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How Do I Find a Password That’s Been Saved Using My Face ID?

I’ve created a Numbers spreadsheet on my iPhone 11, protected with a password. Sadly I’ve forgotten the password, but I can open it using Face ID. I want to access and update the spreadsheet using my MacBook Pro, but it won’t let me do so without the password. I’ve looked for the password under Settings > Passwords on the iPhone, but can’t find it there. Please help!

I want to modify the spreadsheet using my computer (much bigger screen), instead of being restricted to doing so just on my iPhone
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Bob Joubert

Comments: 9 Responses to “How Do I Find a Password That’s Been Saved Using My Face ID?”

    8 months ago

    If you are using iCloud Keychain then you should have the password on your Mac. Did you try to open it there? First, try to open it. If you have Touch ID on your Mac, then it should prompt you to use Touch ID. If not, then it should prompt you to use your Mac user account password.

    They those first.

    If that still doesn't work, then launch the app Keychain Access on your Mac. Search for the exact name of the Numbers file. Make sure iCloud is selected in the left sidebar. Maybe it is there.

    If that doesn't work either, and you can't recall the password, then you'll need to rescue the data from the document by copying and pasting tables from it on your iPhone into a new document.

    I'm not sure of your situation, but if the document is to reside on your devices only, then it is protected by your local encryption and your device passwords. So you may not want to add an additional password to it, especially given what has happened. Usually you would use a password on the document if you had to store it somewhere external or send it to someone else.

    Greg
    8 months ago

    This has happened to me and it’s a pain. If it’s stored in keychain I can’t find it. The Notes, and iWork passwords are not stored anywhere that I can find. I now put the written PW in secure notes in keychain. This helps a lot. If you can’t remove the encryption from your phone side, what Gary said about copying the file and moving it to a new file is what I had to do a couple of times. An easier solution to this would be a great iOS and Mac OS update?

    Larry Jaeger
    8 months ago

    A much easier and permanent solution would be to get Apple and developers to require a field for a hint everywhere there is a field for creating a password. No hint created, no password allowed. Period. I've suggested that to Apple feedback for years, but they can't seem to understand the problem they've created for everyone. I have a list in Notes of every account, document, backup etc. with hints I've created over time. The hints are in multiple languages that only I would connect them.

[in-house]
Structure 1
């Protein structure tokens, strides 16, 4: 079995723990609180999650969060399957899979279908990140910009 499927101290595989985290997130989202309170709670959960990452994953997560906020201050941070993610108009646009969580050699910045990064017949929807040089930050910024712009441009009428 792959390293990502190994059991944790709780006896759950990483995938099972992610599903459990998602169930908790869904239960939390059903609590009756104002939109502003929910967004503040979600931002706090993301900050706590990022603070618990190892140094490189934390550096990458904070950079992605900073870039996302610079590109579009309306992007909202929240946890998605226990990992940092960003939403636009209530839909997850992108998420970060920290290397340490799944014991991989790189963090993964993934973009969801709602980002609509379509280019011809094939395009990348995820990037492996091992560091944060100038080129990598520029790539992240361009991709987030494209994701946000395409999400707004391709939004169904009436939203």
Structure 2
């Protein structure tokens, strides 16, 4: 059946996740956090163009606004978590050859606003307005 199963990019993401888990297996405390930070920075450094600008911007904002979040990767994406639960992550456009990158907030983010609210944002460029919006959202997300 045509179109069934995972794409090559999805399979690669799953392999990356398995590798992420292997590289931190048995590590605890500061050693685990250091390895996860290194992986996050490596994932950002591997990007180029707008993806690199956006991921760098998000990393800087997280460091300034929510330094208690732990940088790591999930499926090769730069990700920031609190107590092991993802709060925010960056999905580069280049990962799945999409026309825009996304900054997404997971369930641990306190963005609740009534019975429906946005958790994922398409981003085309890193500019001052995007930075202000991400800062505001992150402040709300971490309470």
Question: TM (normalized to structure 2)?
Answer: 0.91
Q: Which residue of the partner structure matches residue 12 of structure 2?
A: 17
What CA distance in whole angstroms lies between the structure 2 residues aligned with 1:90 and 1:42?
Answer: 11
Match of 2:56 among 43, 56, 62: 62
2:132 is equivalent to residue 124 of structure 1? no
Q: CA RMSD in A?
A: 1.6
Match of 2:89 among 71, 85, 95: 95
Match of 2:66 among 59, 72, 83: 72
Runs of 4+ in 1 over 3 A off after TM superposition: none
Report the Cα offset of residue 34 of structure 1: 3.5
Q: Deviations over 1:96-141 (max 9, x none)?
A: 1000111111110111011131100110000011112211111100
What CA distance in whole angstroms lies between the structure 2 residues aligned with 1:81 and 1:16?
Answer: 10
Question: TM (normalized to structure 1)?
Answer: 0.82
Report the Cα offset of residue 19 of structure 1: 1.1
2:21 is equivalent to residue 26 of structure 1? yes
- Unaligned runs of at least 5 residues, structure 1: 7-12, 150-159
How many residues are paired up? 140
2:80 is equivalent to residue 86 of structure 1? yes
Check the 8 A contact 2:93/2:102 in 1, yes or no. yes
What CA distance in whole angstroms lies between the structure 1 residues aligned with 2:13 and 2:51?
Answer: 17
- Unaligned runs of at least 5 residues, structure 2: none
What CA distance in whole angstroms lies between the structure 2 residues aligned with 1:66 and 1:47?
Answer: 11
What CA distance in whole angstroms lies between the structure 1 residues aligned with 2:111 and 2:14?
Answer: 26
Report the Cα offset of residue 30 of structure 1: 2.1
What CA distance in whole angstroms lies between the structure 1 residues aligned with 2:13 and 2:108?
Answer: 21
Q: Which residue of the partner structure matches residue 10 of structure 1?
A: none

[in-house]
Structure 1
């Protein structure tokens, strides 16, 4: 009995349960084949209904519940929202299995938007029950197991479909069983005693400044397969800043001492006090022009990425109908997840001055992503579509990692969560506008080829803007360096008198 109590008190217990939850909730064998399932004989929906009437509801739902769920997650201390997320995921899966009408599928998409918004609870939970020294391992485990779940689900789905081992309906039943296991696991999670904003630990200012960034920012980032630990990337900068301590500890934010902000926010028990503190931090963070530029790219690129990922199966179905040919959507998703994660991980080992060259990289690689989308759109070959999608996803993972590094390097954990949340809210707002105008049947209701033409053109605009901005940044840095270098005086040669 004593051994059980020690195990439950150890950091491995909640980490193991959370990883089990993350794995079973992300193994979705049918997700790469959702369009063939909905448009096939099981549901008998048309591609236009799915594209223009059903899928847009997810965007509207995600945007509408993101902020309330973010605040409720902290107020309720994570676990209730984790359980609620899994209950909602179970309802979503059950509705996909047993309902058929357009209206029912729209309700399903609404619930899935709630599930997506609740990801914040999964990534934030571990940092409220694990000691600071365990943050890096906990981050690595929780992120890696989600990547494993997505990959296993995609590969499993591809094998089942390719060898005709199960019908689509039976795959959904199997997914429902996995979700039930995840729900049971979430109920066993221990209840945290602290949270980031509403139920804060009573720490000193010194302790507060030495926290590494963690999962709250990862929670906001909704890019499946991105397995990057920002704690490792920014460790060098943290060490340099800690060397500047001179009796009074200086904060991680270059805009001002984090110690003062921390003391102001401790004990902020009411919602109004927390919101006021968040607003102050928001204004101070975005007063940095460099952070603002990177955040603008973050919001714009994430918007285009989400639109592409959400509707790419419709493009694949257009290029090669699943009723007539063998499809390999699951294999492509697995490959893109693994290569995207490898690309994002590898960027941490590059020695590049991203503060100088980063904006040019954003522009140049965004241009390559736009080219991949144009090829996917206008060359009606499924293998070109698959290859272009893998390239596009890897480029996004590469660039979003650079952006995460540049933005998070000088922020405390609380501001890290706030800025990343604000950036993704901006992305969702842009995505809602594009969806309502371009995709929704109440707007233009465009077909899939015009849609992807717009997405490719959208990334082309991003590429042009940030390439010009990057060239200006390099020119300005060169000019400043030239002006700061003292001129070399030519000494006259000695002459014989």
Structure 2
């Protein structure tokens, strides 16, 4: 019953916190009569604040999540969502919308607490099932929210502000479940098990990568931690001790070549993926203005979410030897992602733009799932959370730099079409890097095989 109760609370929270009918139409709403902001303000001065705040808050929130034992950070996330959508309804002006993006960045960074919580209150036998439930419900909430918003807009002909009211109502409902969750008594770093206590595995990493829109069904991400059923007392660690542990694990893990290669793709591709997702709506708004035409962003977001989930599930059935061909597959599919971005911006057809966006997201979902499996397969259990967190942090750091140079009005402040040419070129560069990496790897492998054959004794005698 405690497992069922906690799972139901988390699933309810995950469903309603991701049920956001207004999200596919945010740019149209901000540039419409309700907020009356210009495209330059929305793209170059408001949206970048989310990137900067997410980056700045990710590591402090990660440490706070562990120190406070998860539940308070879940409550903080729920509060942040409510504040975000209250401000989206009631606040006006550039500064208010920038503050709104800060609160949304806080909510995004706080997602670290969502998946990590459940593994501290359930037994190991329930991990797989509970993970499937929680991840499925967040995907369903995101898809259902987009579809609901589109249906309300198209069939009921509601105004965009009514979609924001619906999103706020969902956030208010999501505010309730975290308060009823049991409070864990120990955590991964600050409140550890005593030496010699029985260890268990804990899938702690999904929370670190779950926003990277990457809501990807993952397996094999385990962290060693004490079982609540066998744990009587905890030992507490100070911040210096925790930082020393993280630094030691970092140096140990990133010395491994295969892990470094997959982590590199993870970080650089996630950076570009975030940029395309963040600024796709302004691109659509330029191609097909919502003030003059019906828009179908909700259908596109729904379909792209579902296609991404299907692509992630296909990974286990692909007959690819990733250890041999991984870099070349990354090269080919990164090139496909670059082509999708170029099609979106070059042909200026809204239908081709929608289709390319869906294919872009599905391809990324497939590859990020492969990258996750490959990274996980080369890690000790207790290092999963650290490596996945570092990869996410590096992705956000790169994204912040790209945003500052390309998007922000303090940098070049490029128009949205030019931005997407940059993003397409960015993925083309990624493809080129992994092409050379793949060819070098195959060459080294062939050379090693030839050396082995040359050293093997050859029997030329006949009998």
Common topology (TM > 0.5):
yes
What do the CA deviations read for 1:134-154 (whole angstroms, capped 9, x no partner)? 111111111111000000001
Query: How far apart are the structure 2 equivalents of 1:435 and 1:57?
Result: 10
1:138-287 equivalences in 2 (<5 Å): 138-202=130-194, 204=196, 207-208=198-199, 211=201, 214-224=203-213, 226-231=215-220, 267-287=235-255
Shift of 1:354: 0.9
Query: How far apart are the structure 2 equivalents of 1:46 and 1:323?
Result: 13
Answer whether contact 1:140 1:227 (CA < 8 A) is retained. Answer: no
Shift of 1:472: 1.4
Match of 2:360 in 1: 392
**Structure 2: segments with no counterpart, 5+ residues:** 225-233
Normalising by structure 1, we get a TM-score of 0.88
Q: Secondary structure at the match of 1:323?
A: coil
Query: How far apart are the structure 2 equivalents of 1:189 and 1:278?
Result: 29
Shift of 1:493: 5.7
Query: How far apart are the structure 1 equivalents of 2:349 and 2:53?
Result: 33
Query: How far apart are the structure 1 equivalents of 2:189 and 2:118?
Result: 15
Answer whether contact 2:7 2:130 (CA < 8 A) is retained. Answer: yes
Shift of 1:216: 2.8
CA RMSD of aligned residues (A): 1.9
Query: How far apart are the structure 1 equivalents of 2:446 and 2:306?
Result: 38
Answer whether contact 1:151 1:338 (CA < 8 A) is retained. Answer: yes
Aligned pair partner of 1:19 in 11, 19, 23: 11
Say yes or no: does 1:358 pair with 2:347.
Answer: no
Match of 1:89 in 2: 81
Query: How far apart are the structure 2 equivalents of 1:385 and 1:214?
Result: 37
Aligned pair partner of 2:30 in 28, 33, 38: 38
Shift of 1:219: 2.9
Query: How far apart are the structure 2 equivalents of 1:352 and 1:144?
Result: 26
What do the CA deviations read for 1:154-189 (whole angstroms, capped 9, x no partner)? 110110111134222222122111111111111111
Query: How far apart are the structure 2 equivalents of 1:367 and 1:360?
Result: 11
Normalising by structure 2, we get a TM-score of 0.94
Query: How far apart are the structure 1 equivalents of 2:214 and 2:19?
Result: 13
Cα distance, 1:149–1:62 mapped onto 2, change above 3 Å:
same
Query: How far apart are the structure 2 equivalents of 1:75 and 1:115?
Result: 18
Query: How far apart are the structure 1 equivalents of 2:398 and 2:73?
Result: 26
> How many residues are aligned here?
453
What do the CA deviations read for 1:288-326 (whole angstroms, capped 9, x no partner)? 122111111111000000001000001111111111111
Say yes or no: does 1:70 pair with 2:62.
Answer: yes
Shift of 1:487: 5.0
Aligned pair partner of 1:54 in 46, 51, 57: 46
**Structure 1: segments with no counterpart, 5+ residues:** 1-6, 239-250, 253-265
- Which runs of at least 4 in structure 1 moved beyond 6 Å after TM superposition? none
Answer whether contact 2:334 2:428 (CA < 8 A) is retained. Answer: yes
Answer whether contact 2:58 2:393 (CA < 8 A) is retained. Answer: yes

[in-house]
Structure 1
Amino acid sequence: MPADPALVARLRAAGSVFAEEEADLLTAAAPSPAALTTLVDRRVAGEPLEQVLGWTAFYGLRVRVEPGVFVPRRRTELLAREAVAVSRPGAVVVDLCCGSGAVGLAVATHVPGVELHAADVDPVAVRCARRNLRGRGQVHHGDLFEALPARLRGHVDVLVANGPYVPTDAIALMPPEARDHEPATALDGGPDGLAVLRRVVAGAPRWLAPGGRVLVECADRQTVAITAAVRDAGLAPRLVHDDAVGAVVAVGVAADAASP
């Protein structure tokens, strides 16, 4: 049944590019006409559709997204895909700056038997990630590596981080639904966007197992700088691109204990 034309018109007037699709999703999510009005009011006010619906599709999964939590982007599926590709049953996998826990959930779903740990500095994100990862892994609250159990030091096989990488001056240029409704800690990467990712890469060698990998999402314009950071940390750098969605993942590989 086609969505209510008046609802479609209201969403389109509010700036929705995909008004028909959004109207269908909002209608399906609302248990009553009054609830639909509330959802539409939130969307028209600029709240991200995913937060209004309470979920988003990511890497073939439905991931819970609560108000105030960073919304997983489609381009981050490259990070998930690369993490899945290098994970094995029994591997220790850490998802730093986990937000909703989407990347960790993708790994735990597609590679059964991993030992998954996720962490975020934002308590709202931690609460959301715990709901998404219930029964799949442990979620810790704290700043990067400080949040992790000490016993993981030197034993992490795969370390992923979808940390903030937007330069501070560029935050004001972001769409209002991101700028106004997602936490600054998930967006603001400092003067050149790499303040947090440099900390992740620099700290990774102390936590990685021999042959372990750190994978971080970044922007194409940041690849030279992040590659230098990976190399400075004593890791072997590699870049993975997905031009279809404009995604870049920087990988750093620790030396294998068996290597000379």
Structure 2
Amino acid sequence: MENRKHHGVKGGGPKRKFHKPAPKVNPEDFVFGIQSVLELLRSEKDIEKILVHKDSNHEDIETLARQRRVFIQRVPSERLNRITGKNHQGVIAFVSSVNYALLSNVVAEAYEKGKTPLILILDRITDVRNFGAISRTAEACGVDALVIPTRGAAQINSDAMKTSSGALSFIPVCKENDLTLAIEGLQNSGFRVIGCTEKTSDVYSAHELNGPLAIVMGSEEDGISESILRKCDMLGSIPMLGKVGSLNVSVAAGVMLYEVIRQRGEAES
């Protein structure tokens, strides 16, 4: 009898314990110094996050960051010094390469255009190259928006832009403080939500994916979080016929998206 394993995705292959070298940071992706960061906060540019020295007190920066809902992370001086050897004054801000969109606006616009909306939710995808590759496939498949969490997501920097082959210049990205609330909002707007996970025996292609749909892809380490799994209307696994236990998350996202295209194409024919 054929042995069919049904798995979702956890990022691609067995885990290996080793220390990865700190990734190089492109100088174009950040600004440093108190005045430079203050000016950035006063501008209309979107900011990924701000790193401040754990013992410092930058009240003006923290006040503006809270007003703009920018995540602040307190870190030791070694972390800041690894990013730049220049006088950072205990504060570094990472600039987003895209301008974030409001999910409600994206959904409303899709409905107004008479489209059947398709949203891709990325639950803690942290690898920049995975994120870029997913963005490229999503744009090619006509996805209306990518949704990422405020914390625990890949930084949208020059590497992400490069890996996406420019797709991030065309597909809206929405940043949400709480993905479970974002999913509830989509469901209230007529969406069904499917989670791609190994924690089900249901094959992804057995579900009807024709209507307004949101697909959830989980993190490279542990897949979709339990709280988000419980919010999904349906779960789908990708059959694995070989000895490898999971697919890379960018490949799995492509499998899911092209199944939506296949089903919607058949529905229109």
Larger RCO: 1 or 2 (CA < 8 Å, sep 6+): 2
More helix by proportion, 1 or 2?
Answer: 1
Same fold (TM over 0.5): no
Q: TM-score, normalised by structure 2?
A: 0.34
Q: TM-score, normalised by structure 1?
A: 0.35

8 months ago

    Larry: Hints are very bad from a security perceptive, but probably not in the way you think. The only strong passwords are randomly-created unique ones that you don't even know yourself. They are just stored in a password manager. A "hint" implies that you have memorized the password. Besides the one or two passwords you need to access your password manager (Mac user account, Apple ID) you shouldn't have any passwords memorized.

    Larry Jaeger
    8 months ago

    I agree with the premise, however I create long, complex hints using a variety of characters that I can decode without too much thinking. Apple's password generator rates them(the hints) as Excellent otherwise I don't use them. Your last sentence exposes the weak link. If one uses a memorizable pw, by definition it must be weak. The door is open. Touch ID is great! However, it drives me crazy with its hit/miss use on the Mac. Sometimes it is enabled, sometimes not.

    8 months ago

    Larry: But why? Why go to the trouble of long, complex hints instead of using a password manager with strong unique passwords, something any IT security pro would recommend?

    Larry Jaeger
    8 months ago

    I do use Apple's password manager, however over the past 50 years of experience as a field engineer for a major computer company, 38 years of using Macs, consulting for many business in SoCal and Mexico, the most important thing I've learned never trust computers, especially backups and passwords. I've been locked out of something because of a corrupted or missing password list. Watched backups disappear(Thanks Apple). More than once I've watched customers go out of business overnight.

    8 months ago

    Larry: Exporting your passwords for a backup is fine, like I note in the video. It is just the practice of not using a password manager that becomes a problem.

    Bob Joubert
    8 months ago

    Hi Gary, Thanks very much for your reply. TouchID worked, but weirdly since it hadn't worked earlier. Maybe it's a timing thing? I mean too much delay between opening it on the iPhone with FaceID and trying to do so on the Mac with TouchID. Having opened it recently on the phone, TouchID on the MacBook worked fine. By the way, I tried looking for it on Keychain Access, and while I found it listed, it wouldn't show the password, even when I entered the logon password. Anyhow, problem is solved!

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